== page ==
Formulation and topical delivery of lidocaine and prilocaine with the use of Pheroid™ technology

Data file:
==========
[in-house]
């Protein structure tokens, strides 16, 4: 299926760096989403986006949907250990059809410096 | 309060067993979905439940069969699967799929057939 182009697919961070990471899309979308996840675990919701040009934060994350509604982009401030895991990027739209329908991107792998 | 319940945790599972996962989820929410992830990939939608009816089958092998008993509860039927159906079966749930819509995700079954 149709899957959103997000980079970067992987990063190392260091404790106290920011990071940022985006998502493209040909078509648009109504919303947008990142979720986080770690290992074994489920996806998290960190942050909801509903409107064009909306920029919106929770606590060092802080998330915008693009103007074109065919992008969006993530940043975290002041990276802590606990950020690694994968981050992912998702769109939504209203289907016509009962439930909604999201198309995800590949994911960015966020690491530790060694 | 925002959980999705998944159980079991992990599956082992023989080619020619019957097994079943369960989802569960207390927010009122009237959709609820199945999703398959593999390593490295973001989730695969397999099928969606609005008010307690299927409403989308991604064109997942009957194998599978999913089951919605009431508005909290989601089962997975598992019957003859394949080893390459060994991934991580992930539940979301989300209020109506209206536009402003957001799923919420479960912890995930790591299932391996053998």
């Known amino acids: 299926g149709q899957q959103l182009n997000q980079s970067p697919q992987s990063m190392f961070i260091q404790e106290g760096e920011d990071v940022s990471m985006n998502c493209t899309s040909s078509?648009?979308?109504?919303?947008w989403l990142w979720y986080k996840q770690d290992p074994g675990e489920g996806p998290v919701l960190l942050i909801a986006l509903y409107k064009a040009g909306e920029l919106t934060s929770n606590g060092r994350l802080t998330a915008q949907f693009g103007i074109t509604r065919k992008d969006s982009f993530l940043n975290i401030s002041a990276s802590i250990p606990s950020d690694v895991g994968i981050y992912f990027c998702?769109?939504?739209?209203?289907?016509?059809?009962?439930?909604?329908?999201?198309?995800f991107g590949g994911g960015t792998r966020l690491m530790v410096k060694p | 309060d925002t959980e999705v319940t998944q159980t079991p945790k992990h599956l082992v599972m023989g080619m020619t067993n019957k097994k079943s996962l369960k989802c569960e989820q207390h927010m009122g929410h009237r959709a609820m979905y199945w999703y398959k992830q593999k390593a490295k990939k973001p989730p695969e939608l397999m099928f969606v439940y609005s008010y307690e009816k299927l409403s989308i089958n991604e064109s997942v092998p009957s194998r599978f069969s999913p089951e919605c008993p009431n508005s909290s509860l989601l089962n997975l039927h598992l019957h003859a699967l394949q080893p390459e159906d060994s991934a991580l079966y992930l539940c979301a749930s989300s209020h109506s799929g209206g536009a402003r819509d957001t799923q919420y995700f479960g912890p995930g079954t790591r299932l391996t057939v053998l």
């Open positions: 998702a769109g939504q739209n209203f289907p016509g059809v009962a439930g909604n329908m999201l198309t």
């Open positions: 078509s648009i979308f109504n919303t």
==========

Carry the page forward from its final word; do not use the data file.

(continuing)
Nell, Dirkie Cornelia